We were shown the actual buildings once used by the blacksmith, the wheelwright – later to become the Butchers complete with its own slaughterhouse to ensure fresh meat and the Girls School on the site of a farm dated to 1463. Adjacent to the church are Alms Houses (1903) built to replace much earlier ones that were not taken down at the time and the outstanding black and white timbered building next to the church was originally for the Yardley Trust School founded in 1575 that remained operational until 1908 when Church Road School opened near the Yew Tree. Brick is very much in evidence in all these older buildings and Mr Byrne explained that most of these were locally produced from Yardley Clay; as, most likely was the wall around the Church Yard when it was a grave yard, two photographs showed this, at its original height in about 1905 and at a reduced height in the 1930’s when the Vicar complained that heavy goods vehicles (?) were ruining the buildings driving along Church Road. At one time there were seven schools in Yardley and at one (the Trust School?) we heard of the Master, the Rev’ William Sutherns punishing students who forgot what he had told them by making them lie on the floor until they remembered (no cane which was then popular).
We also looked at the ‘Grange’ a house once lived (c.1835) in by a Mr Ebenezer Hoskins who was a Birmingham Bed manufacturer, his company specialised in hospital beds and other equipment including beds for the ill-fated Titanic; it was said the firm was still active in the 1990’s and may still be thriving: the house later became a Carmelite Convent in 1933 and was later converted to Sheltered Housing, it was located on Church Road towards the junction with Barrows Lane. A 1923 photograph of the Talbot Public House was one of those easily dated by the clothes people were wearing as several people were outside the Talbot so that they could get in the photo’ amongst them was the landlord who is thought to have been a Mr Barrows; it was speculated by the audience that nearby Barrow’s Lane was probably named after him, or his family.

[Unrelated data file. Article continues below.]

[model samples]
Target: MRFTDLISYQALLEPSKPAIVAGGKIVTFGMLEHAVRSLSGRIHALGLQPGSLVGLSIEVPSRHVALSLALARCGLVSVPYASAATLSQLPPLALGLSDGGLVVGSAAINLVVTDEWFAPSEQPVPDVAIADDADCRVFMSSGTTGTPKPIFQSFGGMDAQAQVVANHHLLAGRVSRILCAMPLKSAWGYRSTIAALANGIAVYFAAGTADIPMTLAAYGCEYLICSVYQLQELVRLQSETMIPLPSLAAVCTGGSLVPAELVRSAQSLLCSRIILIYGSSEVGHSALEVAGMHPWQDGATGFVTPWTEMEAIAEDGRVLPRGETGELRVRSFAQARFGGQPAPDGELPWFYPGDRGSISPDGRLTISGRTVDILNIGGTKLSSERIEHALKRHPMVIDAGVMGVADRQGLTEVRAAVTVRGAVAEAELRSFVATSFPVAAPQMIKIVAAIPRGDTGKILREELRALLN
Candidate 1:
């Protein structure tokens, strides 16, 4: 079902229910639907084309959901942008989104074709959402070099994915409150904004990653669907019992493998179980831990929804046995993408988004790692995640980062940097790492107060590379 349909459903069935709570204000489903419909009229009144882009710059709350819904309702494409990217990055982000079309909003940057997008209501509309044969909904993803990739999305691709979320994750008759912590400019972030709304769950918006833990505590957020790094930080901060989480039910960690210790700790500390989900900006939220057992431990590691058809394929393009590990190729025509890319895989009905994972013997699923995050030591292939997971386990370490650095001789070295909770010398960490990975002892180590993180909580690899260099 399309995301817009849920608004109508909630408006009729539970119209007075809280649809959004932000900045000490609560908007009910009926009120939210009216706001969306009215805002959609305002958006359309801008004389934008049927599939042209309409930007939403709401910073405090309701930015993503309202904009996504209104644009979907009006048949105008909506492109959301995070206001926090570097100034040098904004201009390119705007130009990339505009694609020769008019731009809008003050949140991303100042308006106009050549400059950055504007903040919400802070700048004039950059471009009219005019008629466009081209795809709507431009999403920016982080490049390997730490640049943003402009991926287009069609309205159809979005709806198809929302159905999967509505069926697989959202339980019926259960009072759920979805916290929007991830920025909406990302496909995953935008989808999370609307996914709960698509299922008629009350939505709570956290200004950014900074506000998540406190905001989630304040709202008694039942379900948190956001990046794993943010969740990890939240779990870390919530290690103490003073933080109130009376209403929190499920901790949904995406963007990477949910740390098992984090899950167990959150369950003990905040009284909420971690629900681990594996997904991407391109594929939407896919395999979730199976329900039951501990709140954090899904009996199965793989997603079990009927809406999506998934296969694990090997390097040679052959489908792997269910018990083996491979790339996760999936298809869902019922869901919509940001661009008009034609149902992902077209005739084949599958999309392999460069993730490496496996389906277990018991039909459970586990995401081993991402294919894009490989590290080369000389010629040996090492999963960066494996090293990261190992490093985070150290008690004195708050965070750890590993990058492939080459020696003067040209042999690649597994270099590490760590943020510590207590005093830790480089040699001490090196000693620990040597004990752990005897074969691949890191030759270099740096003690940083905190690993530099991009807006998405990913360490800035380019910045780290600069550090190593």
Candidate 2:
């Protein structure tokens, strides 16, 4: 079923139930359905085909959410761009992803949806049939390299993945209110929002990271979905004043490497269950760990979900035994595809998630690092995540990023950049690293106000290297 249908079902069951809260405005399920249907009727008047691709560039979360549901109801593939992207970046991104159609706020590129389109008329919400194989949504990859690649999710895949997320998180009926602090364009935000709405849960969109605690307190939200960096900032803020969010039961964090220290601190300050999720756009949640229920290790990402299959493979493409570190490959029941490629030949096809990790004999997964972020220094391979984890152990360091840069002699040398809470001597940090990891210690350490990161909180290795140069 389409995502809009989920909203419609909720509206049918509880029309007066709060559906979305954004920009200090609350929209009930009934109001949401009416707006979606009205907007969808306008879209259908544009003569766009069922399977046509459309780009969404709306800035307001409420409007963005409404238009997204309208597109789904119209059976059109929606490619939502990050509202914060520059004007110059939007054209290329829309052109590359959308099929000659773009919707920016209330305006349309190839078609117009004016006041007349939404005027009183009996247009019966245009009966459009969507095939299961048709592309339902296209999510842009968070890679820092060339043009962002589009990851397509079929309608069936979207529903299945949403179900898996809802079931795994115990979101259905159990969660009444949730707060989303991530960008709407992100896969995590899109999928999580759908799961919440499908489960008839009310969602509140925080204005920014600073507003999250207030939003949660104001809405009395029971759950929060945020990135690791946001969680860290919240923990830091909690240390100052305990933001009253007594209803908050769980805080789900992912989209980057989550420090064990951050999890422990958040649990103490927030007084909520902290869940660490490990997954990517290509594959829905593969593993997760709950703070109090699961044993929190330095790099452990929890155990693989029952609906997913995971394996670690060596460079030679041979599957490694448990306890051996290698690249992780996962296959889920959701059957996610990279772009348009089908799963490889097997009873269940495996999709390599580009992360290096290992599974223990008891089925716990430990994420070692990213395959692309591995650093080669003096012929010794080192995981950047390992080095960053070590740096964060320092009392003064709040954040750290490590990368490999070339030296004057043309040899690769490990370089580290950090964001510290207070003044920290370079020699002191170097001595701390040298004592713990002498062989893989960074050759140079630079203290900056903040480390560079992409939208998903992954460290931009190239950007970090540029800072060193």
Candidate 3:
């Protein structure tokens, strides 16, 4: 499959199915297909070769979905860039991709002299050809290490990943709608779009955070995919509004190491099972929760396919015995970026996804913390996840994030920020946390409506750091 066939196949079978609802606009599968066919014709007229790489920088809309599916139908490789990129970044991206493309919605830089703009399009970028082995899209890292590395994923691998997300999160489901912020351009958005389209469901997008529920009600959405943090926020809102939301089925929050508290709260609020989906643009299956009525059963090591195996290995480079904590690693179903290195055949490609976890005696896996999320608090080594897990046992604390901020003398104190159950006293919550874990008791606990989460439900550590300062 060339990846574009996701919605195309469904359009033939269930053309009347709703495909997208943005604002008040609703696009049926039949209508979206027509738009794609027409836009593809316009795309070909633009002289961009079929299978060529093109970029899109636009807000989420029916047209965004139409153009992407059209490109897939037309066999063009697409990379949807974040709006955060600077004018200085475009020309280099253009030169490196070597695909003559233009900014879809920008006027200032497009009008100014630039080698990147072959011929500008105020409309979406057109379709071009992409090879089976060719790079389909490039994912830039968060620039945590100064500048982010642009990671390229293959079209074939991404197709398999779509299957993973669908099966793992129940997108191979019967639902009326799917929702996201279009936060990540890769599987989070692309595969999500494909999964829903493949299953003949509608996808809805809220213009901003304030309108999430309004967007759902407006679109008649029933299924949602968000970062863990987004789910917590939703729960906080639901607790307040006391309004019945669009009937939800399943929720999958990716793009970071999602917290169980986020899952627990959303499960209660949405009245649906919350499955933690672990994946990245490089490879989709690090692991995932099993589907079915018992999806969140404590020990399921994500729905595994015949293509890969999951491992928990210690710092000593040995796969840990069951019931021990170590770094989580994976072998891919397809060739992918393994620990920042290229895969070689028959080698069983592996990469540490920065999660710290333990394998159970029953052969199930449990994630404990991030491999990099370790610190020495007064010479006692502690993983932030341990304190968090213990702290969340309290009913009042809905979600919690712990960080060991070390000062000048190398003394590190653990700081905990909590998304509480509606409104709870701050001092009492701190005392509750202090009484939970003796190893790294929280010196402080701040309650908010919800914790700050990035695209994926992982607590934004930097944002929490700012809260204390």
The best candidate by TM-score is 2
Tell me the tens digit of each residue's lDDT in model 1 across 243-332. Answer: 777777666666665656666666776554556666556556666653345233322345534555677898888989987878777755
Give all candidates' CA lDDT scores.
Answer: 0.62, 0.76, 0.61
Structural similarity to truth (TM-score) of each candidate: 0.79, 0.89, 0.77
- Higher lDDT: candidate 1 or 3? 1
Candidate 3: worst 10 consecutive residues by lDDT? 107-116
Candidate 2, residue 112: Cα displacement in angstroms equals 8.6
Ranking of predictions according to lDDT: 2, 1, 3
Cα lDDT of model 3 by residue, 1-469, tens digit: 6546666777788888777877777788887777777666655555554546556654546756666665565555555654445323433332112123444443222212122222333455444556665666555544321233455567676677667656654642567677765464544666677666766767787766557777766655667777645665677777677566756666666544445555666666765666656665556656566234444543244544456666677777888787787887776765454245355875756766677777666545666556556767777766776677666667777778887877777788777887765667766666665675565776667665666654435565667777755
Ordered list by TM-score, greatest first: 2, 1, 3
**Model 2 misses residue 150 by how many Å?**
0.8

One of the easiest ways of getting to Yardley’s Conservation Zone from the Castle Bromwich Area is to get to the Meadway via Lea Village or Kingshurst (Cooks Lane) and follow this and Bordesley Green to the traffic lights at Stoney Lane (Stechford Police Station) turn left and first left again into Vicarage Road, turn right at the junction with Church Road and find somewhere to park – this is the part of Church Road closed to traffic for the last 40 years! We had been enjoying the evening looking at Mr Byrnes photographs of the buildings around here many of which date from the 19th Century although there is now much evidence of ‘home improvements’ (not necessarily in keeping with the area): the most ‘drastic’ of these was the removal of a large Victorian House called the ‘Cottage’ that was set in it’s own grounds at the junction of Vicarage Road and Stoney Lane (the Outer-Circle ’route). It was far too large to be classed as a cottage – but that was the Victorians for you! At one time it was the home of the Sumners who came from Coleshill and were the founders of ‘Typhoo Tea’.
Mr Byrne wound up this part of his talk by telling us about Canon Cochrane. The Canon was no mean photographer but also involved himself deeply in local community affairs making his views on what the village needed and didn’t need in letters to Birmingham City Planners notably when it came to demolishing historic properties to make way for new developments. Consequently after we had been shown round the older parts of the village, using photographs and relating anecdotes of bygone residents the talk finished up with a quick visit to Blakesley Hall (now owned by the City Museums and Art Gallery) a gem of Tudor Building preserved amidst rows of 1930’s houses.